Is the Pulse of Life the Quest to Commune in Oneness?

The expression, "Life finds a way" rings true because we understand it as if it were in our DNA. It was true before anyone ever wrote it down. All living things operate under the biological imperative, but life is more than that. We humans have additional burdens, gifts, and responsibilities: awareness of mortality; written language; the ability to make tools. Is the pulse of life an unwritten, primordial quest to evolve into a being at one with all living things? I am not talking about uniformity or sameness. I am talking instead about an intense awareness of the inter-connectedness of all living things. This idea of communing in oneness may be the closest I can come to grasping Nepo's intended meaning. 

So there you have it: Communing in Oneness is about balance and harmony. Not uniformity, but tolerance, diversity, forgiveness, positivity, respect, and dignity. Ultimately, "oneness" entails communing with the Divine.

Do birds go to heaven? I can't answer that, but I can tell you this. Rather than destroy the barn swallow nest in the overhang above my garage, I chose to hose bird droppings off my driveway. To live and let live. To let life find a way. The parents of those 4 hatchlings want to survive and have kids and a nice mud-daubed nest. 

Hatchling barn swallows in the garage overhang nest

But beyond the biology and the technology, there is an urge, innate in all living things, for something bigger and better, something beyond all explanation. I get that. That inexplicable destination? That's what heaven's all about.   

In Part II, I will build on this concept of the Pulse of Life as I have defined it, and describe how to remain clear and true to the Pulse of Life it in our current age. 

Part III will be some thoughts on how to make the world a better place by applying these thoughts toward a future age of increased Oneness. 

Saturday, June 23, 2012

24 Season Two

This post is part of a continuing series on the TV drama, 24. I am writing about the parallels between this innovative and powerful drama, and life in DC during the same period.

Season 2: Oct 2002—May 2003. Terrorists threaten to explode a bomb on US soil. President Palmer is attacked and collapses.

Season 2 aired beginning in October 2002, the same month that the Beltway snipers Muhammed and Malvo shot 13 victims in the DC area, killing 10 of them.  Terrorism at home and abroad seemed very real, forming a scary backdrop to the TV drama. 

By the time the season ended in May, US Forces had invaded Baghdad and toppled the regime of Saddam Hussein. 

Forces on the ground in Baghdad included then-Major Robert T. with 3d Infantry Division. Robert would later come to work for me in the Pentagon and eventually succeed me as Chief of the Concepts Integration Branch. 

After Sadam's Army crumbled and Baghdad fell, President Hussein went into hiding. Soon, then-MG Odierno's 4th Infantry Division found the former President hiding in an underground "spider hole."

Many of us watched the war on CNN, then caught news about the Beltway snipers on NBC, and then tuned to 24 on Fox for entertainment. Many of us were thus exposed to a continual stream of counter-terror drama on TV. 

People like my colleague Robert, the current Army Chief of Staff GEN Odierno, and the men and women of America's Army lived that counter-terror drama in real life.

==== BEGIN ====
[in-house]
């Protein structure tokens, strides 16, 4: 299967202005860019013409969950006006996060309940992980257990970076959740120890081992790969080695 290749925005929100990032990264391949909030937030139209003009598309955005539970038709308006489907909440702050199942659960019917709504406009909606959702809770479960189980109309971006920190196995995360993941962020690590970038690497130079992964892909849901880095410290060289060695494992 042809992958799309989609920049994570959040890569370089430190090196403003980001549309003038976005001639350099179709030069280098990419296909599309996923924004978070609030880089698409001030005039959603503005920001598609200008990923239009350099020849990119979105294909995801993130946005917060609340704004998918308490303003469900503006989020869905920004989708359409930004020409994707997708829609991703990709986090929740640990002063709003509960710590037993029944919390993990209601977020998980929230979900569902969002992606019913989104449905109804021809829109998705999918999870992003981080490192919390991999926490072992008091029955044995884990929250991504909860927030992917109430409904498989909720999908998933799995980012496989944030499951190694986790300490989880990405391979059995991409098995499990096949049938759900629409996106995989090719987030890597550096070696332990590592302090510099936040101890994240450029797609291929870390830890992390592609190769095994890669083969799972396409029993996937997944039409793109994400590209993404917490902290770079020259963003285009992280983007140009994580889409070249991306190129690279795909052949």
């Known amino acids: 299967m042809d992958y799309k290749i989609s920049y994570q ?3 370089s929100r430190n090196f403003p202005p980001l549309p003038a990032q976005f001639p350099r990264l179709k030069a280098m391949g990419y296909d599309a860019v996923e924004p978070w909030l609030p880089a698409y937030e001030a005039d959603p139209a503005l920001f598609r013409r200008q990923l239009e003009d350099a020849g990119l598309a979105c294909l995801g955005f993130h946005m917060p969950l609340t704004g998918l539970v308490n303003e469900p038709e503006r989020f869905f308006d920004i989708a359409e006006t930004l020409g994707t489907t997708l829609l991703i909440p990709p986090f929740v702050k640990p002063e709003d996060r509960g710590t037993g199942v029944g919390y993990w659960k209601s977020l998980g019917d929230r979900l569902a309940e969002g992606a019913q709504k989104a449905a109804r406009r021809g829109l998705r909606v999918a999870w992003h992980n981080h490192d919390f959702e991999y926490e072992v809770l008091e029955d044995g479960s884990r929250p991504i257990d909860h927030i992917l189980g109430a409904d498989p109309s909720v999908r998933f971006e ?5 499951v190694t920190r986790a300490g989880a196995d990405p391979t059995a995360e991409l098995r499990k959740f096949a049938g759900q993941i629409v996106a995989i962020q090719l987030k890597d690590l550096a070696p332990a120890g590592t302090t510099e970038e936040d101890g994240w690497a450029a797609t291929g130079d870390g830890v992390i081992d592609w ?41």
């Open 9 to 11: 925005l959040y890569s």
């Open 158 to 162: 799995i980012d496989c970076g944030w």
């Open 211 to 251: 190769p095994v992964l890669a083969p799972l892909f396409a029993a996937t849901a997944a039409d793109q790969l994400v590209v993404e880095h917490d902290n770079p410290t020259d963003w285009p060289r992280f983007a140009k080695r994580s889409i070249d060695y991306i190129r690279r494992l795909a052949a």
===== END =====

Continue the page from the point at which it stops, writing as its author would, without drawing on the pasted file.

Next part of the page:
Other Posts in This Series

Three: A reflection on the Christian doctrine of the Trinity

The Shield of the Trinity

I have made no secret of my belief in a creator God. Moreover, I am a Christian. Not to put too fine a point on it, but within all Christendom I align with the United Church of Christ (UCC). I have an open mind about other religious traditions. I am beyond tolerant of agnostics and atheists--in fact, I count many among my closest friends. So this post is not a dogmatic piece, but more of a commentary on the Christian concept of the Trinity: God the Father, the Son, and the Holy Spirit.

Among the monotheistic religions of the world, only Christianity entertains the notion of God actually having three distinct, yet unified, personalities, as illustrated in the diagram above. Muslims and Jews both reject this concept. Jews do recognize Jesus as an historical figure, and Muslims further acknowledge Him as a prophet, like Moses and Mohammed. Only Christians view Christ as God in human form. This concept of the Trinity is based in part on Jesus' claim that he was One with the Father--that He was in the Father, and the Father was in Him.

I believe (there's that word!) everyone should be able to explain their choices. Of course, not everyone is inclined to be as rational as I am, and not everyone would appreciate my willingness to publicly and continually submit my beliefs to scrutiny. To each his or her own.... That's the point! Don't force me into your beliefs, and I will not attempt to force you into mine. However, a good, rational discussion is always welcome!

Then there is Quinn G. Caldwell, a UCC pastor who opines that nobody gets the Trinity, and that's OK, because if the Trinity were comprehensible, it wouldn't be God. 

"Some things are meant to be understood in terms of Facts, while others are meant to be experienced as articles of Faith. Is there anybody else out there who doesn't get the Trinity? Is there anybody else out there for whom 3 = 1 just doesn't compute? Anybody who fears they're the only one in church that doesn't have the triune God figured out? 

If Rev. Caldwell's approach is appealing to you, here’s good news: you can affirm the validity of the mysteries too big to sort out HERE. On the other hand, if you are interested in coming to grips with this puzzling doctrine, read on. I suppose if a person really wanted to delve into the unknowable they could study Perichoresis. Even I have my limits!

Faith and Facts

Throughout human history, Faith has been used to answer phenomenon that cannot be explained by available Facts. Picture a three-column ledger, with a list of phenomena on the left side of a vertical dividing line, a list of articles of Faith which explained these phenomena in the middle, and a list of indisputable Facts on the right side. No one need resort to Faith to explain generally accepted Facts. We don't need Apollo to carry the Sun across the sky for us anymore. Move the heliocentric model of the solar system over to the Facts column.